Director: Joe Carnahan
Screenplay: Joe Carnahan, Ian Mackenzie Jeffers
Starring Liam Neeson
Synopsis is here
Joe Carnaham is a director I have time for but find myself at a loss with his recent movies. I missed his debut feature Blood, Guts, Bullets and Octane but found his second feature Narc immensely enjoyable. The A Team and Smoking Aces are high energy distraction pieces that do what they're meant to do and nothing more, but I always have the feeling that they could have been more memorable. Right now, I cannot for the life me tell you anything that happened in those films.
For me I get the feeling that with those films, that while the budget got bigger, the focus seemed to sway slightly. So much "stuff" had to be packed into Aces and A Team, that when it starts spewing out, you don't know what to put your attention. The A Team; with it's nostalgia monkey on it's back, reminded me why I enjoyed The Losers more. While Aces, was a mass ensemble piece that had a lot of names in the cast, but didn't spend any real time with them. A frustration as when Carnaham does allow his characters to breathe (Narc) he gets something out of them. The final aspects of Smoking Aces featuring Ryan Reynolds' character hint at something the film never really looked at wanting to achieve.
With that in mind we come to The Grey, a pared down nature action thriller; which, could have been leaner, but doesn't pull back with it's punches. Canaham's film (which at times borrow tropes from the horror genre) works because it cares about the plight at hand as opposed to filling the feature with trivial flash.
Such a stripping of gimmicky reminds us that Carnaham is an appealing director visually. He and cinematographer Masanobu Takayanagi kept me on my toes with the stark beauty of the Alaskan backdrop. they capture the near hopelessness that these men will face. When bad things happen (and they do, often) Carnahams camera doesn't look away, instead it lingers on the pain unflinchingly. A scene featuring Neeson giving clam to a dying moments after the plane crash is grim and uncompromising. At times I found the film difficult to watch, in the way a good horror film should be.
However, other times the film is difficult to watch because of haphazard editing. Action sequences featuring The Greys main threat; the wolves, are choppy, awkward and hard to decipher. in fact those scenes (while featuring some effect jump scares) are really mangled close lumps of flesh and cgi. The film works better when the focal point is firmly placed on the men, and the clam before the storm. The mirrored balance of the gang of rouges and the animal hunters that trail them bring out some of the best moments of the film.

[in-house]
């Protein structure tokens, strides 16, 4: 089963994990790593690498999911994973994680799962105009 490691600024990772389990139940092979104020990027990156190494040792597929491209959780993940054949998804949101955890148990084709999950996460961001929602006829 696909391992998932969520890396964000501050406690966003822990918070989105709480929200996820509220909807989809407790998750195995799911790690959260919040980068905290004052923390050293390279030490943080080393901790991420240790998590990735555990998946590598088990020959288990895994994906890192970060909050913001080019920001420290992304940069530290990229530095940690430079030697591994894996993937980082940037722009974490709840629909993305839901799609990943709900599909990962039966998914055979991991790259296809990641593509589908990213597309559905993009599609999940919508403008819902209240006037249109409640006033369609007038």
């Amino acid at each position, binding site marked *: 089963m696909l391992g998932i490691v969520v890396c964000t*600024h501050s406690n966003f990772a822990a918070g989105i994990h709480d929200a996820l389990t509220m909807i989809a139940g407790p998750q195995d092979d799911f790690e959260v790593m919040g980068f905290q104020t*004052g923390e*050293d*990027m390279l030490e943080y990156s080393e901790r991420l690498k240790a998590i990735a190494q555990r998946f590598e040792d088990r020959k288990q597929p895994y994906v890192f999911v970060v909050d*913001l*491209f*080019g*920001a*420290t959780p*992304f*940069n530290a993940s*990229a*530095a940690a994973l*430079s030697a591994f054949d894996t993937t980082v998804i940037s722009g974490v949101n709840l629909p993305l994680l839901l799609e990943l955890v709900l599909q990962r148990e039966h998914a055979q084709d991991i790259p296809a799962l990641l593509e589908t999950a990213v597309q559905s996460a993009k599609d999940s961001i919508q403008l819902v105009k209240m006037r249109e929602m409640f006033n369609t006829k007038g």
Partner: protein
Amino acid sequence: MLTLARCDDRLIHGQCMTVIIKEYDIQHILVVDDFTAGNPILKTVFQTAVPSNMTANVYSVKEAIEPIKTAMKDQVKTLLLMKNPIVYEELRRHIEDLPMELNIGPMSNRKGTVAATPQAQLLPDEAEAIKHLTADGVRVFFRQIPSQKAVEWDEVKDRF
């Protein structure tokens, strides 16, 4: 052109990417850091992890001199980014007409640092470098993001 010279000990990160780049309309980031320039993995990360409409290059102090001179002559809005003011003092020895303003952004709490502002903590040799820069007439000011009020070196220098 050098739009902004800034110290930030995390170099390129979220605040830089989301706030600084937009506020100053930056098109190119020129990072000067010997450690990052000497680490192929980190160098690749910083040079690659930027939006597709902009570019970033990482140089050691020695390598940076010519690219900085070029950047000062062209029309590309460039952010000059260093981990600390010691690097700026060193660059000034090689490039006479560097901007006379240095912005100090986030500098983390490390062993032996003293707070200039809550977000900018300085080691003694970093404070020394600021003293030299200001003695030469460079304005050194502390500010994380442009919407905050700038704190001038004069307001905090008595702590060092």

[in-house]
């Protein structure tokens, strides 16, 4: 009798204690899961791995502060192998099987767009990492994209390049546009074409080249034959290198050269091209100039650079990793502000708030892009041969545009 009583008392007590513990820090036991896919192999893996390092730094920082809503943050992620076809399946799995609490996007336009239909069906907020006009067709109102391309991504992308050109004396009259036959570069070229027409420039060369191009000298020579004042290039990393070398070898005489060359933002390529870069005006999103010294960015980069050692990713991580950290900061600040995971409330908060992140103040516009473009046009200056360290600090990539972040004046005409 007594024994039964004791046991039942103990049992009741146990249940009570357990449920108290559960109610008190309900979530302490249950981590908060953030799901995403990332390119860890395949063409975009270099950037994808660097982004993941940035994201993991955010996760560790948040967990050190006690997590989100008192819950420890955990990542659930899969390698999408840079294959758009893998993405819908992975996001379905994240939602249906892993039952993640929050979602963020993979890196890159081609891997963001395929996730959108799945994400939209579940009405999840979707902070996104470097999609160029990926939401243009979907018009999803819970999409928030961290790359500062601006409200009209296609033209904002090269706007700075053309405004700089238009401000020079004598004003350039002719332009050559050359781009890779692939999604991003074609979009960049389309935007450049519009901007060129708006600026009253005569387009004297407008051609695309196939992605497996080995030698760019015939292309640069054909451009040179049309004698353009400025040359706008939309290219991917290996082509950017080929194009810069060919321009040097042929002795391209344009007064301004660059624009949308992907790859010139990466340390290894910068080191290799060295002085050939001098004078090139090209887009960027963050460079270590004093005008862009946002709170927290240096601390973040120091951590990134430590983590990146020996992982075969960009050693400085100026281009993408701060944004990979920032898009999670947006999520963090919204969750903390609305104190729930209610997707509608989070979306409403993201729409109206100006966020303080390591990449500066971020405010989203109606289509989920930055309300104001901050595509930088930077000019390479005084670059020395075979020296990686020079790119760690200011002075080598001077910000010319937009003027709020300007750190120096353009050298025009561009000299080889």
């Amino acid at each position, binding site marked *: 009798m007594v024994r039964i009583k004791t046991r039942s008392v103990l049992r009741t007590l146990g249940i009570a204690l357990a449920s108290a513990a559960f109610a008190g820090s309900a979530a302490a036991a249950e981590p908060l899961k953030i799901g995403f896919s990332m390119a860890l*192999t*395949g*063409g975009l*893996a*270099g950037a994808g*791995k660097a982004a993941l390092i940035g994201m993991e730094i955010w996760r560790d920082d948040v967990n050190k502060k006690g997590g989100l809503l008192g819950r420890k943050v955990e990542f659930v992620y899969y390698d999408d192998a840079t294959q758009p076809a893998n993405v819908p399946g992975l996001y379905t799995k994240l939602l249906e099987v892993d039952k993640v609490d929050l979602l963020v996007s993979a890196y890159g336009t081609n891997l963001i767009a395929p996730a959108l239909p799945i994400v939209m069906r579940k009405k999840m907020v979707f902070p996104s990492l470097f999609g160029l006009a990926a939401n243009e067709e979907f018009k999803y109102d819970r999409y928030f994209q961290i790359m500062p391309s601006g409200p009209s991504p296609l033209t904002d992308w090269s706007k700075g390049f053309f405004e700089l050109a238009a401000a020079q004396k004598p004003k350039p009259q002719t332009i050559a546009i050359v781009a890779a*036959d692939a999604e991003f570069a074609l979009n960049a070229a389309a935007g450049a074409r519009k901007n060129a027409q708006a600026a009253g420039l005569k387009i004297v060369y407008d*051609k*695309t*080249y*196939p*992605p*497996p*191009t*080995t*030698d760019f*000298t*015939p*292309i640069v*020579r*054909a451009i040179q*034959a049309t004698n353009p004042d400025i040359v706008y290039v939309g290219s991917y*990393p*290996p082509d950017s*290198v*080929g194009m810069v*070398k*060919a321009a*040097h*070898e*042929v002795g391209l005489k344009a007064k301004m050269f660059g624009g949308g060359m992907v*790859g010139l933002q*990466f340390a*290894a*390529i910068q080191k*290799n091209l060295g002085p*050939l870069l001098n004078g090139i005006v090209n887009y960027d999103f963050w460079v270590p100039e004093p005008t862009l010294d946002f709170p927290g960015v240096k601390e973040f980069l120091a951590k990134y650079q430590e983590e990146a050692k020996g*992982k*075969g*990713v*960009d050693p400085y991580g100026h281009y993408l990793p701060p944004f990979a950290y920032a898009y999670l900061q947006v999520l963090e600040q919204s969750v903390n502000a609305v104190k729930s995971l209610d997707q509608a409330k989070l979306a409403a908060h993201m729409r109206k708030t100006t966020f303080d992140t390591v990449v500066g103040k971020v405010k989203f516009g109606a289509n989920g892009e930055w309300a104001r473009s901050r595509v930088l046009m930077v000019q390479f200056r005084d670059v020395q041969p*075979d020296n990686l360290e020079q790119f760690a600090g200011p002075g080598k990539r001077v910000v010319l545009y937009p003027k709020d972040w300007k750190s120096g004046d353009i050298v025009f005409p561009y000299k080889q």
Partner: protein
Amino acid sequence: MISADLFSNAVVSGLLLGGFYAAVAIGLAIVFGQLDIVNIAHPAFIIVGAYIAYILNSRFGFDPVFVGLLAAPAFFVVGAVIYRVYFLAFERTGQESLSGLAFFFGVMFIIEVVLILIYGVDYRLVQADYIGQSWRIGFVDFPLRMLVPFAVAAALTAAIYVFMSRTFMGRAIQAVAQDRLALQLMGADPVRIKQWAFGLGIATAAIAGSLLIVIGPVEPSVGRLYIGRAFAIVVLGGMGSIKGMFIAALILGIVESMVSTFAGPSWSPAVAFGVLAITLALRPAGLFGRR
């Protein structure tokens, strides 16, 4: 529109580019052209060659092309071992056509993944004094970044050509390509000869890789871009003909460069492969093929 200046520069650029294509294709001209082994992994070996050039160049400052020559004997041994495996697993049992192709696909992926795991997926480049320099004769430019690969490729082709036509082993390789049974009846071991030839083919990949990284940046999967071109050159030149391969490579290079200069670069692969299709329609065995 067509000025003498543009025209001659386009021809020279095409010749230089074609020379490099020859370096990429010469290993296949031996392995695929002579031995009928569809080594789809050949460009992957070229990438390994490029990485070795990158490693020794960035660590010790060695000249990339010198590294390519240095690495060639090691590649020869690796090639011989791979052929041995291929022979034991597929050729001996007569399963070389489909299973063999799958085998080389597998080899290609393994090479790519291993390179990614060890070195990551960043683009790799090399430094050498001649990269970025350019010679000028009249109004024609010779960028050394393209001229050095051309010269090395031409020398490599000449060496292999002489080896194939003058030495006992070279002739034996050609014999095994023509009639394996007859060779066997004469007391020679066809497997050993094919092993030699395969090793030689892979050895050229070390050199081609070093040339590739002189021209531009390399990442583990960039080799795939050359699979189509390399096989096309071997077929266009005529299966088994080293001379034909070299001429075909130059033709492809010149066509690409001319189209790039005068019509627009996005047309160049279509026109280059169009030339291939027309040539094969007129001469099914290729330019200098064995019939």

The characters involved aren't complex at all but it's the actors that are cast that give them the humanity that's needed. We are told that these men are men that are unfit for mankind. To drop them in such extreme conditions, we witness what spurs them on and what drives them. Small, tender things, many stemming from their relationships with women or family. That their alpha male machismo is not only threatened by such forces of nature but asks them to relate back to such softer moments, hint at the difficult contradictions of masculinity that Narc probed at times. Liam Neeson; a man whose been kicking ass and taking names since 1990 (Darkman) brings the grounded leadership and awareness that such a role needs, while Frank Grillo provides sufficient conflict in the human ranks.
I'm not the best when it comes to Man vs Nature features. In fact my copy of Southern Comfort is still in my cupboard unwrapped, I haven't seen Deliverance in years and The River Wild has never pipped my interests. But The Grey is the perfect type of feature to see out a chilly January. Canaham's retreat back to what made him a worthwhile prospect, that human aspect, makes us want to stand by these characters through the harshness of the terrain in front of them.